Just when you thought a definitive program had been adopted, albeit with protests, there is a new proposal being discussed in Rome regarding the presence of Cruise Ships in Venice. And subsequently a push by certain political groups to simply railroad their “Twisted Channel” through has occurred..
In the beginning of August, a vote was taken in Rome which adopted the dredging of the so called “twisted” channel (Contorta-Sant’Angelo Channel) which makes use of the Petroleum Channel with a widening of an existing channel (the light green in the picture) to arrive at the Maritime Port. It prevents the large ships from cruising past San Marco and the Giudecca Canal to an enlarged entrance on the other side of the Lido (Chioggia side). The proposal authorized the acceleration of the environmental studies required. This brought about cries of foul play, as everyone knows that in August there are no citizens in Italy and that all the elected officials are on holiday! It at least solved one very urgent problem, that of the mega cruise ships entering anywhere near San Marco Square.
Even though they voted, it was not a done deal. There were still environmental studies and the estimated cost of some 115 Million Euro and 18 months to be resolved.
But even before the ink was dry on the paper, other proposals, clandestine perhaps, often involving elected officials, began surfacing. This week in Rome, a new proposal was put forth by Dufero Engineering of Genoa – called a “Bold Alternative” supported by Cesare De Piccoli, the former vice mayor of Venice and former Deputy Minister for Transport under the short lived Prodi administration.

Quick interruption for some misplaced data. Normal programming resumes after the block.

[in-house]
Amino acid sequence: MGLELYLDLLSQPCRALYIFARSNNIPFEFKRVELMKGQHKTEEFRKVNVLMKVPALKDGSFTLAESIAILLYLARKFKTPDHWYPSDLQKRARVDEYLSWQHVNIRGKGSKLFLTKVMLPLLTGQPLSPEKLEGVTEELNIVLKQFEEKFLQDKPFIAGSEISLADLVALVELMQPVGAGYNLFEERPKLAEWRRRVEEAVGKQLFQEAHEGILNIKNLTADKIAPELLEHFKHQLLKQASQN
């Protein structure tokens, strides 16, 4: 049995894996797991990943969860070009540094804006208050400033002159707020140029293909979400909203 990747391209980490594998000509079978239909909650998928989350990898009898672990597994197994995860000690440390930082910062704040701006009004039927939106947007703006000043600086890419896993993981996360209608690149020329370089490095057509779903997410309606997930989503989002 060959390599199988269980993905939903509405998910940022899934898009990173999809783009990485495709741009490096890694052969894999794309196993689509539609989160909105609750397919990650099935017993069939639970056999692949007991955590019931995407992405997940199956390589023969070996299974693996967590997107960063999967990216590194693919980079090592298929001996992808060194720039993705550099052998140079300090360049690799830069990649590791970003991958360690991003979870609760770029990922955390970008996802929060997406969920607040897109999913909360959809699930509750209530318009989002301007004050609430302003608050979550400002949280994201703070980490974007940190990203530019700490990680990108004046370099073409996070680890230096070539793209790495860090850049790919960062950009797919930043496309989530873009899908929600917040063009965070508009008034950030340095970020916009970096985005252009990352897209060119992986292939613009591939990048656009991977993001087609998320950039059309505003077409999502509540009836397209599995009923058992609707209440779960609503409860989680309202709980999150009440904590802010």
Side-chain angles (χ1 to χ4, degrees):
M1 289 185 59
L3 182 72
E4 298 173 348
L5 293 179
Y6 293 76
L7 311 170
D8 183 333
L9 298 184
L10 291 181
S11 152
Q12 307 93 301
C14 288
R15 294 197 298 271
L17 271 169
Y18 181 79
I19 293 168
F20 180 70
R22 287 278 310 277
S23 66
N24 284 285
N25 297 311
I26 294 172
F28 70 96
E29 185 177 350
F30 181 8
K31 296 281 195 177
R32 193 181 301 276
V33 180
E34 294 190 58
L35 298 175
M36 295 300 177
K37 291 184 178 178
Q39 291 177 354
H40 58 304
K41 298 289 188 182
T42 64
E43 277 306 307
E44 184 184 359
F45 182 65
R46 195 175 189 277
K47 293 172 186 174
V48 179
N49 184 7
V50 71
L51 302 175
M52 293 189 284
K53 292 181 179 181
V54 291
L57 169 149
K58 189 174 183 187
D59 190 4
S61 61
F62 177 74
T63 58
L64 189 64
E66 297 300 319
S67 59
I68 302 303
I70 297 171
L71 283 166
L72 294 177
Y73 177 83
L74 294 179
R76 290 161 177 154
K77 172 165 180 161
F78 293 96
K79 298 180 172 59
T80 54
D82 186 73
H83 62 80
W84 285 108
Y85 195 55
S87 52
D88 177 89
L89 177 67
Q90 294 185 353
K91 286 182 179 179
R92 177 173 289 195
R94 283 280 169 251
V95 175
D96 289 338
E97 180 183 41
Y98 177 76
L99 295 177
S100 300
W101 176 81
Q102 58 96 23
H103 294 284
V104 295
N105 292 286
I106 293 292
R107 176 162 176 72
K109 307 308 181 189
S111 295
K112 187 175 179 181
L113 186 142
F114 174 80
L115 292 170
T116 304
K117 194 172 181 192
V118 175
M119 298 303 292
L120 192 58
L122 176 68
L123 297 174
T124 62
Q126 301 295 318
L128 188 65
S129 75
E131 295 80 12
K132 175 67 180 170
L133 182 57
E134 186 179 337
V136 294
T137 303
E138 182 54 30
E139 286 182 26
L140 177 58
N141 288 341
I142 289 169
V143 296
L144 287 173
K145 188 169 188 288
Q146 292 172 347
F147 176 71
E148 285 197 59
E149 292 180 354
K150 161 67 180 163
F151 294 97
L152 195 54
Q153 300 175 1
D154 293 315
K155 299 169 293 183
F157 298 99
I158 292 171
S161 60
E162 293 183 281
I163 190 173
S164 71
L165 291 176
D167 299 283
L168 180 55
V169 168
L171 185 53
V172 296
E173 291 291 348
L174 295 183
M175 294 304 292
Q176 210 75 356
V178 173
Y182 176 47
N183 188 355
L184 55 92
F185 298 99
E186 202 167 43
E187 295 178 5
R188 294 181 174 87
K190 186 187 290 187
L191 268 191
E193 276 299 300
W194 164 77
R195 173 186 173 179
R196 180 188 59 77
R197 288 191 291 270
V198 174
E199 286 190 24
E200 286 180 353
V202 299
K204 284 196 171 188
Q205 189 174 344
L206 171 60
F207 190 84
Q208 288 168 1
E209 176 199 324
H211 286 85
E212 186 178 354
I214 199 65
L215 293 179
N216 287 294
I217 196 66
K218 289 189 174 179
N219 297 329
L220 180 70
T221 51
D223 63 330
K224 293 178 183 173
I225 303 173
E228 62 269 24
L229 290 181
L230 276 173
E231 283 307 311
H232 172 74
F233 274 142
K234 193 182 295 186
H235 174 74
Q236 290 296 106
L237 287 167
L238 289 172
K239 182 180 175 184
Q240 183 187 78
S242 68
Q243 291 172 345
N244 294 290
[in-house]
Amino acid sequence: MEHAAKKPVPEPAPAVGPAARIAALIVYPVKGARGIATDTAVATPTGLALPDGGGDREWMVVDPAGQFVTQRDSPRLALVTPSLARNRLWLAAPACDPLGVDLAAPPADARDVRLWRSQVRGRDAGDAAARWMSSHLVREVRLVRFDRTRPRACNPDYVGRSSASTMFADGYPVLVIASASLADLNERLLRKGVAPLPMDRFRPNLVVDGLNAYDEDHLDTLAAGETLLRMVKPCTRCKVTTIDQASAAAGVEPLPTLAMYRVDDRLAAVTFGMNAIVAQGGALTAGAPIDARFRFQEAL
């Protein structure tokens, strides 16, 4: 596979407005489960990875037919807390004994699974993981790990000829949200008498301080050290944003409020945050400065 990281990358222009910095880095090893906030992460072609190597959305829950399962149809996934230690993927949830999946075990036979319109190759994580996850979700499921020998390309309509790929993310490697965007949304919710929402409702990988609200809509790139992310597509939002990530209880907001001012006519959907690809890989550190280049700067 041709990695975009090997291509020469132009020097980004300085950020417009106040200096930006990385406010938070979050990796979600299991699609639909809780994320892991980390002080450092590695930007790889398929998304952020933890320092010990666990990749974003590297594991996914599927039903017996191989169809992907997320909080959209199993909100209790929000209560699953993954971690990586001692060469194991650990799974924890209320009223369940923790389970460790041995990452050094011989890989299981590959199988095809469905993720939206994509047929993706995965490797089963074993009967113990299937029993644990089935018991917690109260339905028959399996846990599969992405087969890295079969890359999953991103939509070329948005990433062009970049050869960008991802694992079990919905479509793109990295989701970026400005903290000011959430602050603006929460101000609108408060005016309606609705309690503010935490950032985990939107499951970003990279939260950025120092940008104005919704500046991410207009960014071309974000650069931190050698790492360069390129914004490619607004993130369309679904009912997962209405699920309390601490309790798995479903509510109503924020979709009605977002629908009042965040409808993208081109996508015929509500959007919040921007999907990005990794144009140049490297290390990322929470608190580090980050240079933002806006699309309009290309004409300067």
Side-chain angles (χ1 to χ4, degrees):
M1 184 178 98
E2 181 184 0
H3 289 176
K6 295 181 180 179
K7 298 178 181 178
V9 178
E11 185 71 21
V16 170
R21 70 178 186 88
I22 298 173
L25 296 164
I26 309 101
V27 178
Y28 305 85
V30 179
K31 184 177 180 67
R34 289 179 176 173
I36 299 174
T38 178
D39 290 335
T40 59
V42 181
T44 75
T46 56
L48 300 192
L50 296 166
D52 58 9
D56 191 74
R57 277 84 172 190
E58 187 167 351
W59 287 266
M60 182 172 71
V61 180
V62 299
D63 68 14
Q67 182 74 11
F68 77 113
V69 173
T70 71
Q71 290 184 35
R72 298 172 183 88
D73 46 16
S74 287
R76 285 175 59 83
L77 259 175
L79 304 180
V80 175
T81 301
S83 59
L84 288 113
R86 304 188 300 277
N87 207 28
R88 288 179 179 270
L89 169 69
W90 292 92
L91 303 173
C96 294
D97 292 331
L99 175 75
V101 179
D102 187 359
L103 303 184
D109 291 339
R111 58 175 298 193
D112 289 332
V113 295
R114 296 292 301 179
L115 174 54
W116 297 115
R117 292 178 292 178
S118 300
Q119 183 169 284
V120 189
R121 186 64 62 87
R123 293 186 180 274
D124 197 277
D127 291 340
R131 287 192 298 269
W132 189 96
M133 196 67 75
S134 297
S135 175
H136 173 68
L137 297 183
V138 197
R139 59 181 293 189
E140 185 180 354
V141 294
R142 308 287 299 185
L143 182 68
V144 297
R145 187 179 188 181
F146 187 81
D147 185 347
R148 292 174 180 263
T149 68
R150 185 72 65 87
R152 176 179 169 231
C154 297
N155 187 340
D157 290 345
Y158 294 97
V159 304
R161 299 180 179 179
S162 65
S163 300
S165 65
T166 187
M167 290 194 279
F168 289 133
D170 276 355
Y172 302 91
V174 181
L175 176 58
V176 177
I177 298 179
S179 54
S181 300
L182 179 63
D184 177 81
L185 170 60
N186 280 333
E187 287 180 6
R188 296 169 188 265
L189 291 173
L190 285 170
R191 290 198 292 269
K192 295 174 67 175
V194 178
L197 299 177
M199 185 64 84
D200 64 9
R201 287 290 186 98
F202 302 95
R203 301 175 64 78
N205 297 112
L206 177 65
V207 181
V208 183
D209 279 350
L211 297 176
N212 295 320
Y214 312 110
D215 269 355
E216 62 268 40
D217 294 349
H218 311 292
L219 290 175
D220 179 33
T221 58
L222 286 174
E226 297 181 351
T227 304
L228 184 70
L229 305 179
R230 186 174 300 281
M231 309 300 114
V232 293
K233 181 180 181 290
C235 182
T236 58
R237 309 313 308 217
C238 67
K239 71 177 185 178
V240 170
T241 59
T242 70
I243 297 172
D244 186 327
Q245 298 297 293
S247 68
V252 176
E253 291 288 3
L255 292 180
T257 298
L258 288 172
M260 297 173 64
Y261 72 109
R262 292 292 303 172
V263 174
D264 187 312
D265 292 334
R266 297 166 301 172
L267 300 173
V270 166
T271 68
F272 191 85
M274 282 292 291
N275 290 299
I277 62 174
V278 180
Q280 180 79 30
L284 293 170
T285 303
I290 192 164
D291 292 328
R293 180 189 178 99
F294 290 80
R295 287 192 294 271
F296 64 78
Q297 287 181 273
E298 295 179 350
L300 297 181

This “bold” project sees a remote Cruise Ship Port built at the entrance to the lagoon, near the island of Lido and the man made island of the MOSE. (See on the picture where the new proposal is marked.) The capacity envisioned is to handle 5 large ships, ~940 meters long and handle more than 24,000 passengers a day.
Arriving tourist would board on large catamarans which would cruise them along the scenic route of San Marco Square and to the Stazione Marittima. They would be processed through Customs/Immigration here both in and out.
This new projected is estimated to cost 128 Million Euro and require about 2 years. (For this of course, there is also the question of funding – who pays, who benefits?.)
Perhaps this project has a chance if they can get UNESCO to buy into it as it has more political backing, does accomplish the main goal of preventing irrevocable damage to San Marco and perhaps the environment yet appears to appease the merchants of Venice as tourists would be delivered daily to the shops. Perhaps it also adds some jobs.
Even though I am completely skeptical of any of the players in this theater, I could get behind this one. From the environmental impact I understand just how fragil the lagoon is and that it is a precious eco system, however for me, the greater concern is San Marco.
Again, my question, “Who speaks for Venice?” (without profit motive, without political power motive, but solely as protector of this beautiful city)